Messages Don’t Work Anymore

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In case you haven’t noticed, it’s not about messages anymore. Bucky.


Because we are maxed out on messages.

To quote a man of great insight:

“Well, I’m ramblin’, ramblin’ ’round, I’m a ramblin’ guy, I’m ramblin’, oh, yes, oh, yes! Free to get in. I’m a ramblin’ guy – R-A-M-B-L-I-N apostrophe, oh yes, I’m ramblin’ — Ramblin’ to New York City, N-Y-C! Rent a car, get a hotel, for only two hundred dollars a day. Oh, yes. Okay, everybody! I’m a ram– Come on! Sing with me! Come on, have some fun, come on!  Ramblin’ … Are you people uptight or somethin’? You can’t sing along–? Oh, I forgot… New York. Okay! All right, ladies only! Oh, look! A ramblin’ guy! Come on! Okay, this half of the room! Beautiful! Now this half! Good, good! All right, two fifths! Now, three-fifths! Good. Seven-ninths! Two-ninths. All right, in Chinese now! Well, I’m ramblin’, ramblin’, ramblin’, ramblin’, ramblin’, ramblin’, ramblin’, ramblin’! Ram! Mah! BLINNNN! Heyyyy!”

 – Steve Martin

Messages, schmessages

There are just too many sound bites, too many media carrying too much information, too much detail, too much yada, dada, dada out there. Way too much content marketing ramblin, ramblin all over the place.

And isn’t it ironic? In an age when people have the attention spans of gnats and the spare time of a may fly, we continue to inundate them with messages and wonder why they don’t remember them.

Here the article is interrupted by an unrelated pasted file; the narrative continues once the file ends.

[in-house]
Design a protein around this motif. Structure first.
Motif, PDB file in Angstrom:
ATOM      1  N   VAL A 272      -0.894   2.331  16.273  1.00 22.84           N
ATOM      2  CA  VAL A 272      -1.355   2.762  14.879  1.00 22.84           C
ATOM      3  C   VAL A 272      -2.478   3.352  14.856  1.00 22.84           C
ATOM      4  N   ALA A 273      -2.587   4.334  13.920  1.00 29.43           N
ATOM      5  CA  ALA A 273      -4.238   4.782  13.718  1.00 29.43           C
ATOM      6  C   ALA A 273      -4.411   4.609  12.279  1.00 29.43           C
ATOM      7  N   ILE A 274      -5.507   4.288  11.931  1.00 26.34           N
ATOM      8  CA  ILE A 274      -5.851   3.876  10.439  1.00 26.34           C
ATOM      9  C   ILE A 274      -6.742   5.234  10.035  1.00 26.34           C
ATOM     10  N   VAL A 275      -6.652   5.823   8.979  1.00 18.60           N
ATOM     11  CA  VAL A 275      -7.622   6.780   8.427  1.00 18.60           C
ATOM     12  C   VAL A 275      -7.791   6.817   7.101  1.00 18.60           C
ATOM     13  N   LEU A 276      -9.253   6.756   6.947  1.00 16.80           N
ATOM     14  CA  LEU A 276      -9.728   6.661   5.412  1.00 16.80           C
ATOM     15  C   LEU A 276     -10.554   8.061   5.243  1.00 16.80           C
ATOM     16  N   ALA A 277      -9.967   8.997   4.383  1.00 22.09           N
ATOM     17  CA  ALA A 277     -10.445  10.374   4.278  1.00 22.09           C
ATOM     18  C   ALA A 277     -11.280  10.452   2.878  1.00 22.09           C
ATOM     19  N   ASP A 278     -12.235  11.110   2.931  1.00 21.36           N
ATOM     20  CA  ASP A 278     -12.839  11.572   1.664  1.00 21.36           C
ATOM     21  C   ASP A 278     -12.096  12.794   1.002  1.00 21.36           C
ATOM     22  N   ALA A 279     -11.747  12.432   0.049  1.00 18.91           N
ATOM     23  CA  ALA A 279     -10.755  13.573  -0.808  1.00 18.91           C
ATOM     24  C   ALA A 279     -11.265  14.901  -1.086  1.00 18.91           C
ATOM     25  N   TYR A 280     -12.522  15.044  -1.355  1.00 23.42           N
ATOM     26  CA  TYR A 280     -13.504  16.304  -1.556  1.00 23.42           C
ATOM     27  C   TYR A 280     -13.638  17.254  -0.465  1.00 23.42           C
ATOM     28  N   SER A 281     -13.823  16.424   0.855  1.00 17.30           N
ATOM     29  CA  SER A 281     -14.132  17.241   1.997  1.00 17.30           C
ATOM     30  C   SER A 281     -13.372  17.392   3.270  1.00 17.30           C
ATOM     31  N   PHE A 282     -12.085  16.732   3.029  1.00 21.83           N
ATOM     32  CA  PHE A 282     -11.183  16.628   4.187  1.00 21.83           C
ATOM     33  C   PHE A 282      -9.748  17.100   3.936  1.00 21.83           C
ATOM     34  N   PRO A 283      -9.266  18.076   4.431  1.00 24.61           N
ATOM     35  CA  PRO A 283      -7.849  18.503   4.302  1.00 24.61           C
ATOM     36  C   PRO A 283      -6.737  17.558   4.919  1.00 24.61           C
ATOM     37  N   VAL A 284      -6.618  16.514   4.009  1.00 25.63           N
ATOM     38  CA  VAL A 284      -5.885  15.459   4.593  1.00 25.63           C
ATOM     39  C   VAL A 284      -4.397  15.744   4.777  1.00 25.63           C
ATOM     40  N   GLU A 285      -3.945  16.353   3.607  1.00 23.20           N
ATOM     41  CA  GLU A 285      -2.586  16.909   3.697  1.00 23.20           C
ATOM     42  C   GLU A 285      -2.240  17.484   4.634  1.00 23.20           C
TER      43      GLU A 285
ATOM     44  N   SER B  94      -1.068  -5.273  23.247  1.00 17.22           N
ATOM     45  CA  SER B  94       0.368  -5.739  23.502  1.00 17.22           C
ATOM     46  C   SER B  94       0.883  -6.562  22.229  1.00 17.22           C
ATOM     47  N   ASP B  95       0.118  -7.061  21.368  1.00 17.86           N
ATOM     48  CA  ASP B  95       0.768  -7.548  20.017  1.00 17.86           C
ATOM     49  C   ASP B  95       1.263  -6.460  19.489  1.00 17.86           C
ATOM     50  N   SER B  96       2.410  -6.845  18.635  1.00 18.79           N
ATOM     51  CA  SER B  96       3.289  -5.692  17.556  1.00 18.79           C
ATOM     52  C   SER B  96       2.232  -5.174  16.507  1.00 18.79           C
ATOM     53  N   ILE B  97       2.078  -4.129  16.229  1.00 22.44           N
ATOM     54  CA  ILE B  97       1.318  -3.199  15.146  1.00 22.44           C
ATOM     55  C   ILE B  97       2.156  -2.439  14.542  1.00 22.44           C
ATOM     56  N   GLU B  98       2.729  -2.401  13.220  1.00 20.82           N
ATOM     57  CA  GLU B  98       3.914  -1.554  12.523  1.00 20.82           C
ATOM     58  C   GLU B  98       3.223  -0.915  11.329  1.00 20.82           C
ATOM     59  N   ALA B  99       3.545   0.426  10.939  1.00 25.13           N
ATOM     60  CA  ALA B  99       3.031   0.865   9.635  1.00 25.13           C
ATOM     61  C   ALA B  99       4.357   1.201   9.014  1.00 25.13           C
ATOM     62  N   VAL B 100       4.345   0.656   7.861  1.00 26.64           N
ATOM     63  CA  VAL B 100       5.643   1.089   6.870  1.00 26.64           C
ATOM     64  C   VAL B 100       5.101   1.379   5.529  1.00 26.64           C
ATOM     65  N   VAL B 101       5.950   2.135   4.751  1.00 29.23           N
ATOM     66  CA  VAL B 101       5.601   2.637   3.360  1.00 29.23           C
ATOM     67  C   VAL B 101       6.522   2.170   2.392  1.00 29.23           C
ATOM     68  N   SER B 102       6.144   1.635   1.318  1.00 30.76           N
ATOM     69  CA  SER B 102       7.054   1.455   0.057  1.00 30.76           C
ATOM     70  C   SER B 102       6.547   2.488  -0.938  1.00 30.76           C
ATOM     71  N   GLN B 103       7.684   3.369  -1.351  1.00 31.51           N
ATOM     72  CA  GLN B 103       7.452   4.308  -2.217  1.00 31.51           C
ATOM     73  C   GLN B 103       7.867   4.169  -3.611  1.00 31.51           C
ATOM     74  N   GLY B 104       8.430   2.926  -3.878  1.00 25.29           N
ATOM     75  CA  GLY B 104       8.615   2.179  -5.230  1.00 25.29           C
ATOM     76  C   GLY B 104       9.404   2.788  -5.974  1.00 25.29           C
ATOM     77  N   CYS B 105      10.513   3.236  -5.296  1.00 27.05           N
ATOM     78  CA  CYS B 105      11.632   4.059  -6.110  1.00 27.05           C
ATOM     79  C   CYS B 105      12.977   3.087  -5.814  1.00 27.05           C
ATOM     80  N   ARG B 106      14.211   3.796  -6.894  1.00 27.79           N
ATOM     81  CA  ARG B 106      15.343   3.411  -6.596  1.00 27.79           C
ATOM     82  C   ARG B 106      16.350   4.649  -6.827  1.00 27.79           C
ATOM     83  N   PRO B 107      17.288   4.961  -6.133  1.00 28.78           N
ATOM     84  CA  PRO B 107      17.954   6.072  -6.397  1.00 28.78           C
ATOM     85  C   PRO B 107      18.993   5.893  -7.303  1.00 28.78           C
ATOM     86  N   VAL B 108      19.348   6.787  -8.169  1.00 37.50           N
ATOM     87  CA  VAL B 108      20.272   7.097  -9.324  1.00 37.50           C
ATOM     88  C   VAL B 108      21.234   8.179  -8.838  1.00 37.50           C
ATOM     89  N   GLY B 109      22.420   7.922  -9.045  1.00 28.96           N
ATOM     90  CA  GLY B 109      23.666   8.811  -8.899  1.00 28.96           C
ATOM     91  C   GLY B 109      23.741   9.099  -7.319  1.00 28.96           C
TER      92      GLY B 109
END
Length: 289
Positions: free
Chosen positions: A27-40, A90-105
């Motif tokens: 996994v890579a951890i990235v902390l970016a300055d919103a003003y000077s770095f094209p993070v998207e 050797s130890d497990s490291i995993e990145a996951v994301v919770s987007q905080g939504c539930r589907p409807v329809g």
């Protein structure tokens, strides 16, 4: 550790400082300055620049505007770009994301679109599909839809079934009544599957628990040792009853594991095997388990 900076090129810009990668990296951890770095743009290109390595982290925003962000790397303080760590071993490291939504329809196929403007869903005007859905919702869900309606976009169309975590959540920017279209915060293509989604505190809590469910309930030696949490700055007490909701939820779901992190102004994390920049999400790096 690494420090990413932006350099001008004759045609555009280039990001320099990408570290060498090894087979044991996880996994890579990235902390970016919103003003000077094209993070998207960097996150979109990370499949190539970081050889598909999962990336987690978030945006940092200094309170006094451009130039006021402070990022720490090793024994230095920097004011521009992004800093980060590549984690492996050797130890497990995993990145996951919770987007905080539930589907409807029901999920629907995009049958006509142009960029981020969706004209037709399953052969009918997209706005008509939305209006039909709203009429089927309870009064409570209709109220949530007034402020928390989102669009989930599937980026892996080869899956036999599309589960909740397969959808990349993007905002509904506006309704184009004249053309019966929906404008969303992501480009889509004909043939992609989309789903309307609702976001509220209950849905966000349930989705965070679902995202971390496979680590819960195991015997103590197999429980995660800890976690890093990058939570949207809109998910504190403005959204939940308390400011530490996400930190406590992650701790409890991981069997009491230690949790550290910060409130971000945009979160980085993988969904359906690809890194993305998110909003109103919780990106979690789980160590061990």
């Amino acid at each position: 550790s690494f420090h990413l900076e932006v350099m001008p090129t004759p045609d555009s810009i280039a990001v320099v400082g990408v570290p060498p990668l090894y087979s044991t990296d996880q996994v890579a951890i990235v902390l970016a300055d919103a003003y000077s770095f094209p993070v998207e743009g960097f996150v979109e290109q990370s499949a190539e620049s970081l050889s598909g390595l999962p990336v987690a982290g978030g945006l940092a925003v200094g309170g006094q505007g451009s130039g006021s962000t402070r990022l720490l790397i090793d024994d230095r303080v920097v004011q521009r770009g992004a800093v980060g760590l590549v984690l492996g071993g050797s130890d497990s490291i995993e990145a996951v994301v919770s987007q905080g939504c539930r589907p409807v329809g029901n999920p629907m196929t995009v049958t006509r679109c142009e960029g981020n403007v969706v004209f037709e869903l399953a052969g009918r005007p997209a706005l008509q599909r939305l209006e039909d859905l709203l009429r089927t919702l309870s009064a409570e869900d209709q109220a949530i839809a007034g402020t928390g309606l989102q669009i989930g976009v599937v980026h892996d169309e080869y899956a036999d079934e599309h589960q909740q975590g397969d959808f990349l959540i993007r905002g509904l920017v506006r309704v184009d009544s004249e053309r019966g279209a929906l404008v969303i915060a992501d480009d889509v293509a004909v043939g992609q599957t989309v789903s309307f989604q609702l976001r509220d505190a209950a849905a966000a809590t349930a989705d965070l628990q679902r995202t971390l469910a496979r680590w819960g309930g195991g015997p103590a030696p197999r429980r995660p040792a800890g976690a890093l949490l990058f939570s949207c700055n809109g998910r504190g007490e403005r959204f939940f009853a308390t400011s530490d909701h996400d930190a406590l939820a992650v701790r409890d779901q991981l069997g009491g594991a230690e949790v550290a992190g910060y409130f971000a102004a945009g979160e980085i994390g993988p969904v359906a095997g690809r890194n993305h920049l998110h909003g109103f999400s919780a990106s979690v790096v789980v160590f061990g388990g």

Or care about them.

In fact, they care more about their tan then they do about yet another message from you, my friend.

A sign of the times

I drive in to work and back home everyday. It’s only about 30 miles, but I’m forced to do it in the midst of Chicago’s unpredictable expressway mayhem.

In an effort to help poor bastards such as myself, the highway commission installed digital signs to tell me the travel time to key points along my way under the current traffic conditions and to warn me of accidents and slowdowns.

Thank you very much, highway commission.

This is valuable, useful, even vital, information because it helps me decide what adjustments I need to make to get to work on time.

But why stop there?

In their wisdom for what’s best for me and their own strategic interests, they’ve now added messages chiding me for speeding, (while I’m in a traffic jam, mind you) a running count of traffic deaths, a warning about texting while driving, and a command to put my seatbelt on.

You guessed it.

All that extra rambling and the time it takes to display it now makes it impossible for me to see that one bit of usable, vital, information that really helps me and for which the digital signs were installed in the first place.

And that, in microcosm, is precisely why messaging doesn’t work anymore.

What does work?

Brand experiences. And the stories that come from them.

By that I mean creating experiences that help people do something they want or need to do and that the brand can enable them to do because of its overriding purpose.

Those kinds of experiences are memorable and incredibly compelling. And they create stories that make the experiences sharable. And forge connections within your tribe.

Many of them come in the form of digital platforms and apps, calculators, community connectors and utilitarian programs that help and serve people.

Change your questions

So the next time you’re putting together one of those monumental message maps that’s going to change the world, stop and change your point of view instead.

  • Don’t ask, “ What do we want to say?”
  • Ask, “What do we want to be?”
  • Ask, “Who is our tribe?”
  • Ask, “How do they see the world?”
  • Ask, “How can we help them?”
  • Ask, “What experiences can we create to help?”

But above all, don’t let your message rambling and your rambling messages get in the way of your helping.

This is important.

In fact, understanding the power of experience over messages and doing something about it is the most important job you have next to keeping Gary Busey off the nation’s highways.

But that’s just my opinion. What’s yours?

Photo credit: Scoboco